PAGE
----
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The above painting was created on a gessoed surface. I mixed some water, acrylic matte medium and acrylic white gesso together to make the juice. I roughly follow a formula that Kathleen Conover outlined in an article in Watercolor Artist magazine. However, I have found that I may ad a bit more gesso than she outlines. I probably use a bit more gesso to make the mixture thicker. I pour a dollop of the mixture onto the watercolor paper (140lb Coldpress Arches) and spread it with a credit card, swirling it and making slashes in the mixture so as to texture the surface. I have even added torn pieces of rice paper and sometimes sprinkle craft sand into the wet mixture. All of these things make for a nice textured surface to paint on. I allow the surface to dry and then draw and paint on it. In order for the pigment to respond well on the slicker surface, I use a bit less water. In some areas, where the gesso is thinner, the pigment sinks in. In other areas, it slides off the ridges created by the credit card. Where the gesso is the slickest, you can lift and change the washes and the whole creation begins to take on a life of it’s own. Because so much of the painting is created on top of this harder surface, I have to allow them to dry and then spray the entire painting with a good matte fixative.

If you would like to try painting on a surface like this, I have a step by step tutorial here.


  1. You are always creatively experimenting with paints, paper, different types of art medium that express lovely results. A really nice composition and painting. Thanks for sharing

    • Thank you, so much, for that comment about experimenting. I work with so many different artists and try to help them find what works best for them. That is what inspired me to explore in the beginning. Now, I like trying new thing, too!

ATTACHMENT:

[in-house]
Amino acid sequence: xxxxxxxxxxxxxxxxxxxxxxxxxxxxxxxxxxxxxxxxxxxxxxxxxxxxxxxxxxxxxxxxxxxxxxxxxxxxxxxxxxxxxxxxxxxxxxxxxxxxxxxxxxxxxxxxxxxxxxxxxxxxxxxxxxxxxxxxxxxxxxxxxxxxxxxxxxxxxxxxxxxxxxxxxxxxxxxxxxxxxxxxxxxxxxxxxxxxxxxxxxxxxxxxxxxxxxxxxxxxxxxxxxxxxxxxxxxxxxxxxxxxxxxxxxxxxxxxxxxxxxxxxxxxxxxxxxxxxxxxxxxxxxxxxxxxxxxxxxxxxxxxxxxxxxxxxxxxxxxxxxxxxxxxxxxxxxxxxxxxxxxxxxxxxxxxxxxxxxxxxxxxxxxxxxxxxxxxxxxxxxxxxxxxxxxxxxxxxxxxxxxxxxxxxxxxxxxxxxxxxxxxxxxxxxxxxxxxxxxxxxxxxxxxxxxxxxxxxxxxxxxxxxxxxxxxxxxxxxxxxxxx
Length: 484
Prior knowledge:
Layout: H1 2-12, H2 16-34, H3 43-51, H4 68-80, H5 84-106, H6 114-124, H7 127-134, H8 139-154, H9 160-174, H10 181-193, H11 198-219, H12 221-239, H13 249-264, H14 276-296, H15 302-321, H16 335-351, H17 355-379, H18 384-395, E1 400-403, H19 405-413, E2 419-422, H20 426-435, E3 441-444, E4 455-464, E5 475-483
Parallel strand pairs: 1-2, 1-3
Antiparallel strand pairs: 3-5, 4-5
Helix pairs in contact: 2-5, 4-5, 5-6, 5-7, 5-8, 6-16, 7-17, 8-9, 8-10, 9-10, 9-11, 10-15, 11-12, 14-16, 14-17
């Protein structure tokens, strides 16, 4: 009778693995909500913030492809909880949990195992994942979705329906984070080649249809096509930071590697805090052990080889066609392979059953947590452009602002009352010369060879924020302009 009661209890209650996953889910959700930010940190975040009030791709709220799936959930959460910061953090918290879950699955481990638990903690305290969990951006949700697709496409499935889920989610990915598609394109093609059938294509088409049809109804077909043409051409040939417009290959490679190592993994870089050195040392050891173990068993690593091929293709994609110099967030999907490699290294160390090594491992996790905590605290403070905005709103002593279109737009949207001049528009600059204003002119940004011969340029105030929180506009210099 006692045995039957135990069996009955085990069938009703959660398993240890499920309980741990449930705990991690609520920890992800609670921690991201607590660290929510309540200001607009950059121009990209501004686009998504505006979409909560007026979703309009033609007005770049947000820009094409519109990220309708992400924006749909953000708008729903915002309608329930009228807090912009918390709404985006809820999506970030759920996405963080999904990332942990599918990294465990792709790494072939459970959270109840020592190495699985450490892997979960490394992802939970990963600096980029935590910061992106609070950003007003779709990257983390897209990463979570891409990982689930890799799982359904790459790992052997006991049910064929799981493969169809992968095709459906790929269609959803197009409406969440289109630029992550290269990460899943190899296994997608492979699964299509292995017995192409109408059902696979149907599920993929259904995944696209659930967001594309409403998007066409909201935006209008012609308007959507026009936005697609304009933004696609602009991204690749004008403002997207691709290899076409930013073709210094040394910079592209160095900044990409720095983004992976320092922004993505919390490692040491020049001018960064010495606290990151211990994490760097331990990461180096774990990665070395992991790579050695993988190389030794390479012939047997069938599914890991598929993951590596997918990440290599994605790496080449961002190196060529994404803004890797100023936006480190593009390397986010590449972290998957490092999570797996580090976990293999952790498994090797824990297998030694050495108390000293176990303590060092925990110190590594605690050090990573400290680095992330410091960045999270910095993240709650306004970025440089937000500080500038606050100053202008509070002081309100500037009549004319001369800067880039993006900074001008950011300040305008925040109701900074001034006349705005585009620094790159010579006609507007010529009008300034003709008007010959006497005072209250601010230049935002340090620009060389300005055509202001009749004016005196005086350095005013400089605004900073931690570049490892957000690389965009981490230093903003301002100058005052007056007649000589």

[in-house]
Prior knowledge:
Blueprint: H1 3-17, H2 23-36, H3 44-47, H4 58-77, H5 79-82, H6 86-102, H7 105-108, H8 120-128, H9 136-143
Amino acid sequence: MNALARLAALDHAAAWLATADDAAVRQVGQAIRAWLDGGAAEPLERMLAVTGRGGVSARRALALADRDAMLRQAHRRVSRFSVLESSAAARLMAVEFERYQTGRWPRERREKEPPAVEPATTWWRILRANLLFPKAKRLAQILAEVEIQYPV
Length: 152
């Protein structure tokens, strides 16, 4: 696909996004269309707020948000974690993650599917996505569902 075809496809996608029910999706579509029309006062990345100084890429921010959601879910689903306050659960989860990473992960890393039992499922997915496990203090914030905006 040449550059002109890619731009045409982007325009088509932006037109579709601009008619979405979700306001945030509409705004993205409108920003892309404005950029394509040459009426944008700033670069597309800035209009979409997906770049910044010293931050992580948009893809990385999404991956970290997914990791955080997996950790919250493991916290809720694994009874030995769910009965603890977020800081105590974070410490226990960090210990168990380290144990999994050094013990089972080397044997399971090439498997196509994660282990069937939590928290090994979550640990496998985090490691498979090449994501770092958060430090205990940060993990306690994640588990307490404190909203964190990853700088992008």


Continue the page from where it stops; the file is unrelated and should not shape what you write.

2. This is beautiful Leslie. And I like how the texture from the gesso in the sky mimics the branches. The texture in the birds and the branch make the eye dance over the image. Thanks for the step by step tutorial too.

    • I saw that, too, Carol. That was a happy accident, the branch textures. Thank you!

  3. What a beautiful painting.

  4. Your creativity amazes me Leslie! This painting has a life of its own indeed.

    • Thank you, Susan. Have you ever tried texturing the surface of your canvases for your acrylics? I am all thumbs working with acrylics but this works with them.

      • Yes as a matter of fact I have played with texture a bit.

      • I just went to your site and saw that beautiful abstract with texture!!!! Amazing!

  5. I have so many of these at my feeders! You captured them perfectly.

  6. One of my favourites of your paintings.

    • Thank you, kestralart! Maybe because I chose birds? I consider you the master at rendering birds!!!! 🙂

  7. Looking up to the branch like this is an unusual view-point for a painting – you totally captured the feeling of the height of the sky above the birds. I’m not expressing it well but I really like it and think you’ve done a superb painting here.

    • That perspective caught my eye with the reference for this, too, June. I liked looking up into those feathery underbellies of the finches. Thank you for this comment!

  8. Thanks for your direction, what a cool idea! Love your birdies too!

  9. Those birds are gorgeous!

  10. It sure creates interesting textures.

  11. Beautiful textures and such sweet little birds!

    • The birds were actually what drew me to want to paint this one, Cindy. Thank you!

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